In David Lynch's adaptation of Dune, he was cast as Feyd-Rautha Harkonnen, the sadistic and power-hungry nephew of a sinister baron. As a public figure, Sting was known for a slightly enigmatic quality, as he dabbled in New Age practices, embraced Jungian psychology, and bragged about his prowess in bed, thanks to the use of tantric techniques. This made him a great choice for Feyd-Rautha, a man who radiates a desire to go against the grain. Beyond that, Sting also makes him a self-absorbed figure who takes wicked delight in his own ability to inflict misery on others. 

  • Everything about Harry Connick Jr. radiates "good guy." His upbeat music is a throwback to the days of crooners like Frank Sinatra. His albums, on which he sings and plays the piano, have sold a combined 16 million copies. His soundtrack of standards for the movie When Harry Met Sally... pushed him fully into the mainstream, winning new audiences over with the cheerful nature of his style. And if you've ever seen him in interviews, you know how gregarious he is.

    It therefore comes as a shock to see how good he is playing a serial killer in Copycat. Connick turns his Southern charm inside out to portray Daryll Lee Cullum, a psychopath who attacks criminal psychologist Dr. Helen Hudson (Sigourney Weaver) so brutally that she develops agoraphobia. We later find out that he's providing advice to another killer, giving him ideas on how to eliminate Hudson for good. Connick sheds every ounce of the nice guy persona he's developed in real life, projecting a terrifying sense of mental imbalance that gives Copycat a nail-biting edge.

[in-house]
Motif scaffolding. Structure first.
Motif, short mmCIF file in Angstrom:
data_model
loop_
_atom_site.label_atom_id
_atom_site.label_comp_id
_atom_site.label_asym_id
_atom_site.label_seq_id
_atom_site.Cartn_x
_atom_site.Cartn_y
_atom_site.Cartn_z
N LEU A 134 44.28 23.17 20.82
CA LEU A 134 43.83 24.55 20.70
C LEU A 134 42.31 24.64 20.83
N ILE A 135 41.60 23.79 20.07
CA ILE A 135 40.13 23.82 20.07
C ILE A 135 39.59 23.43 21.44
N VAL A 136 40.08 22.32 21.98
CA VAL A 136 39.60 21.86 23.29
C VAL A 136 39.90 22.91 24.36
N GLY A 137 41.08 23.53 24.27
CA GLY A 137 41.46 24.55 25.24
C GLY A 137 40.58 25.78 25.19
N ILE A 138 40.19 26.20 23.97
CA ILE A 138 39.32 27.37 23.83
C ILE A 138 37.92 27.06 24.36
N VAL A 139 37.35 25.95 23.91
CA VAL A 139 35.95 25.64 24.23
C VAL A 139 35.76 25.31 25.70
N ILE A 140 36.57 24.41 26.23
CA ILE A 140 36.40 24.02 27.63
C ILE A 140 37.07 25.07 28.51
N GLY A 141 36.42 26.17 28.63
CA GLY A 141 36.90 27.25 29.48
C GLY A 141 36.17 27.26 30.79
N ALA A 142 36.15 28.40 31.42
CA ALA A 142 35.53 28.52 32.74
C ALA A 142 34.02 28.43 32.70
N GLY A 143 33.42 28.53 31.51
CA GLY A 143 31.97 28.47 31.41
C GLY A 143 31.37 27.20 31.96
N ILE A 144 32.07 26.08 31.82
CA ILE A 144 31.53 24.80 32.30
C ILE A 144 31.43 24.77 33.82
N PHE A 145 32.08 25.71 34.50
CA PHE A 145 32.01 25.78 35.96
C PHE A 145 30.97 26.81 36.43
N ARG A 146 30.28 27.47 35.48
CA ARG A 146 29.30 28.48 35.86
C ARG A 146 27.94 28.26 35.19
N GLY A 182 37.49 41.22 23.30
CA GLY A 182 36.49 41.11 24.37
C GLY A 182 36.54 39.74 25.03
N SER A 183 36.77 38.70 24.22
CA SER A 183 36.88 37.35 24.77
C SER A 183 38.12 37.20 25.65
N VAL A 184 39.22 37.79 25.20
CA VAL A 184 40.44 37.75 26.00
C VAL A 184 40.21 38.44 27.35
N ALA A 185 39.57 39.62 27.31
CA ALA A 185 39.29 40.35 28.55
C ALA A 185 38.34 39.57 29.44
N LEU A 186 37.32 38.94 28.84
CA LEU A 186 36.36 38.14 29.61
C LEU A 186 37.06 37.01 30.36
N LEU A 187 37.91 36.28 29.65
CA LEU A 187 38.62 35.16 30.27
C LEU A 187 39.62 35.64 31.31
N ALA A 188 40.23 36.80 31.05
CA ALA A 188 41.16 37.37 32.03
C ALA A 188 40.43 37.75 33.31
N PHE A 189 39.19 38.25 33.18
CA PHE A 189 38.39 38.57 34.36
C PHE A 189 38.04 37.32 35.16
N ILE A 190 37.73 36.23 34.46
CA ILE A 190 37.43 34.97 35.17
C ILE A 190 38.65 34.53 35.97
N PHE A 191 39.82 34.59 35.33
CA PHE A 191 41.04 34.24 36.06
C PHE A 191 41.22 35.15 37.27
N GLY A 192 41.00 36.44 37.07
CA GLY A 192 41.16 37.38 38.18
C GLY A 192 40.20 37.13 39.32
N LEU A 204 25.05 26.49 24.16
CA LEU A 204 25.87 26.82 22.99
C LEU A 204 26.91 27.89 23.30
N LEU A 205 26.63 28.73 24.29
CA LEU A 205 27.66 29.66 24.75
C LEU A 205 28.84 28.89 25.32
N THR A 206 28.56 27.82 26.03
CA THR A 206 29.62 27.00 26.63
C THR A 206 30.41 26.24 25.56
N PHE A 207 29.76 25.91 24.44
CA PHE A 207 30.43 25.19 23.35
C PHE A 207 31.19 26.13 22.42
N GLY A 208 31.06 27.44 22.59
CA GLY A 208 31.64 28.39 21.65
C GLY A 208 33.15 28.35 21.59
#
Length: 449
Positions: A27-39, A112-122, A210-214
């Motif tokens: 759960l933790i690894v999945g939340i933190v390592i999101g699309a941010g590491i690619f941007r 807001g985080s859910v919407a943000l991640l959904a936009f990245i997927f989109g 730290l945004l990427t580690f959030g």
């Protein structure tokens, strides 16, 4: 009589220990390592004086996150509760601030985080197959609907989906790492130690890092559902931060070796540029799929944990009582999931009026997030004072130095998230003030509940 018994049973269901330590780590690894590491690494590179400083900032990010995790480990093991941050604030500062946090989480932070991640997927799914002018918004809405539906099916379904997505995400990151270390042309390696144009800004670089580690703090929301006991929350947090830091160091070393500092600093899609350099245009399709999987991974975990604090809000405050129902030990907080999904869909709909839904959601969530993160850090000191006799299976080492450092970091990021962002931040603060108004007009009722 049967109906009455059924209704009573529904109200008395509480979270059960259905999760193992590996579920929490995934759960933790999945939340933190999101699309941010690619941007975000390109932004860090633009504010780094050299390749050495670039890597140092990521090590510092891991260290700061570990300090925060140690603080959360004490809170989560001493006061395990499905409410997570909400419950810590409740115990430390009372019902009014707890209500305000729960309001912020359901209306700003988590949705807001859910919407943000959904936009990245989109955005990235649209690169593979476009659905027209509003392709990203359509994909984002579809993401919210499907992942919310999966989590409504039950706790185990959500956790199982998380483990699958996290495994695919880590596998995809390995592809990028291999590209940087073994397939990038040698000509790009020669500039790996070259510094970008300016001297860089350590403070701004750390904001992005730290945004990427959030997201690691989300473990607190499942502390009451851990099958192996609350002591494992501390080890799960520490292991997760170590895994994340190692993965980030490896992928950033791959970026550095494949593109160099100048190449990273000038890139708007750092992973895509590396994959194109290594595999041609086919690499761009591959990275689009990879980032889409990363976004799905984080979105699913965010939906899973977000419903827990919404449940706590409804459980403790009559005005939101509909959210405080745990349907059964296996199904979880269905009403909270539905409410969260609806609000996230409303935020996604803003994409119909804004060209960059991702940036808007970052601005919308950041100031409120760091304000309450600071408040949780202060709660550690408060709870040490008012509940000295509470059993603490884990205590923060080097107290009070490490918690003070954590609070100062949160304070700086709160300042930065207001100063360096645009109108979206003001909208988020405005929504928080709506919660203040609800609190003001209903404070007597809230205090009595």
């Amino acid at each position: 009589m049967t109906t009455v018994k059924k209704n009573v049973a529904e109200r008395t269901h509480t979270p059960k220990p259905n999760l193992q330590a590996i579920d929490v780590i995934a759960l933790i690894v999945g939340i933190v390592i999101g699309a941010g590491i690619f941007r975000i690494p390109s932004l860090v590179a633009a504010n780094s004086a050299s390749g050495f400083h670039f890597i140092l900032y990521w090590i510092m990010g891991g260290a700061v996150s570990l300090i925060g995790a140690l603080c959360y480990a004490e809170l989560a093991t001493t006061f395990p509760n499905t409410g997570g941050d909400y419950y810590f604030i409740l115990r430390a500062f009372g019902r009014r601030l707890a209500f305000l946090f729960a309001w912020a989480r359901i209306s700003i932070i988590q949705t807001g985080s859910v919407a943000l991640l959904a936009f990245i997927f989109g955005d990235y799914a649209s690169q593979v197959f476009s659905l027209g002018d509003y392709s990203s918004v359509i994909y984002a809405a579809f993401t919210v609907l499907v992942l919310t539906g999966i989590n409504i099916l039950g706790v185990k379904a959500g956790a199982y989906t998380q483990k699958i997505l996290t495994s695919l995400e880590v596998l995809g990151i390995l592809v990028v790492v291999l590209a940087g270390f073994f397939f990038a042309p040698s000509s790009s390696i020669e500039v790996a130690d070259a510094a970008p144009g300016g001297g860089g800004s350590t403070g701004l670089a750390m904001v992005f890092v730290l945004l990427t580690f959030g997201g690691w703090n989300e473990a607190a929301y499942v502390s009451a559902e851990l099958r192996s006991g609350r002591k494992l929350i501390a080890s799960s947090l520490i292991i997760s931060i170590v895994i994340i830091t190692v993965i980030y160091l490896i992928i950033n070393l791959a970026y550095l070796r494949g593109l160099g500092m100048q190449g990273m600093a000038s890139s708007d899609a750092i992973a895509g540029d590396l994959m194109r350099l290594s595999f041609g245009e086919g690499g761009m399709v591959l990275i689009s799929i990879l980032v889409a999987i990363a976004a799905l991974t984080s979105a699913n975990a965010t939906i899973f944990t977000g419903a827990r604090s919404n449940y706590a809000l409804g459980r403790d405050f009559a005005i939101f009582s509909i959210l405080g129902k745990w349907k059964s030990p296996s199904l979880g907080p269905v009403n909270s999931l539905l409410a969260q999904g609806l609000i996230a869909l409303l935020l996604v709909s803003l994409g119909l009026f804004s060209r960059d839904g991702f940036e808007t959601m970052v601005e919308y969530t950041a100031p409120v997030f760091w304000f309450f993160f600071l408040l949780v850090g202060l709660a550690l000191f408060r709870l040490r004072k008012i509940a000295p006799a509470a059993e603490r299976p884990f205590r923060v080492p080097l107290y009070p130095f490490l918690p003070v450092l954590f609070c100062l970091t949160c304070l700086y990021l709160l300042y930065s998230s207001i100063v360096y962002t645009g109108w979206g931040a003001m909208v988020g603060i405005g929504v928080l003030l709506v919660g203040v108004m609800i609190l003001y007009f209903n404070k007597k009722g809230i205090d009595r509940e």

• Common As Cassian, 'John Wick: Chapter 2'
    Photo: Lionsgate

    Common was a popular underground rapper in the 1990s. He broke into the mainstream with his 2000 album Like Water for Chocolate and its hit single "The Light." From there, his popularity continued to grow, with hits like "Come Close" and "Universal Mind Control." He is the winner of two Grammys, as well as an Oscar for "Glory," a song he wrote and recorded with John Legend for the movie Selma

    A performer who acts as often as he makes music, Common had one of his most high-profile roles as Cassian in John Wick: Chapter 2. He's the bodyguard to a woman John Wick is reluctantly forced to assassinate. Not taking well to that development, Cassian vows to knock off Wick in retaliation. Obviously, the action here is intense. Aside from bringing a vengeful quality to Cassian, Common also proves to have the right stuff for his often protracted fight sequences with Keanu Reeves's title character. The bodyguard is a more-than-credible threat to the hero.

  • Debbie Harry was one of the most important figures of the NYC punk scene. Combining sex appeal with a strong, independent vibe, she quickly became a sensation at music clubs, particularly the famed CBGB. Together with her band Blondie, Harry had some of the biggest hits of the early '80s, among them "The Tide Is High," "Call Me," and "Heart of Glass." Their song "Rapture" was the first song that incorporated rap to hit No. 1 on the Billboard Hot 100 chart. 

    One of Harry's biggest fans is Baltimore filmmaking bad boy John Waters. He hired her to play Velva Von Tussle in his 1988 classic Hairspray. Velva and her husband own an amusement park, which they prevent Black people from attending. In addition to being racist, they've also raised a snooty daughter, Amber, who serves as the antagonist to heroine Tracy Turnblad. Waters's movies are known for being intentionally exaggerated, and Harry leans into that, investing Velva with a larger-than-life quality. We don't laugh with the character, we laugh at her, just as Waters intends.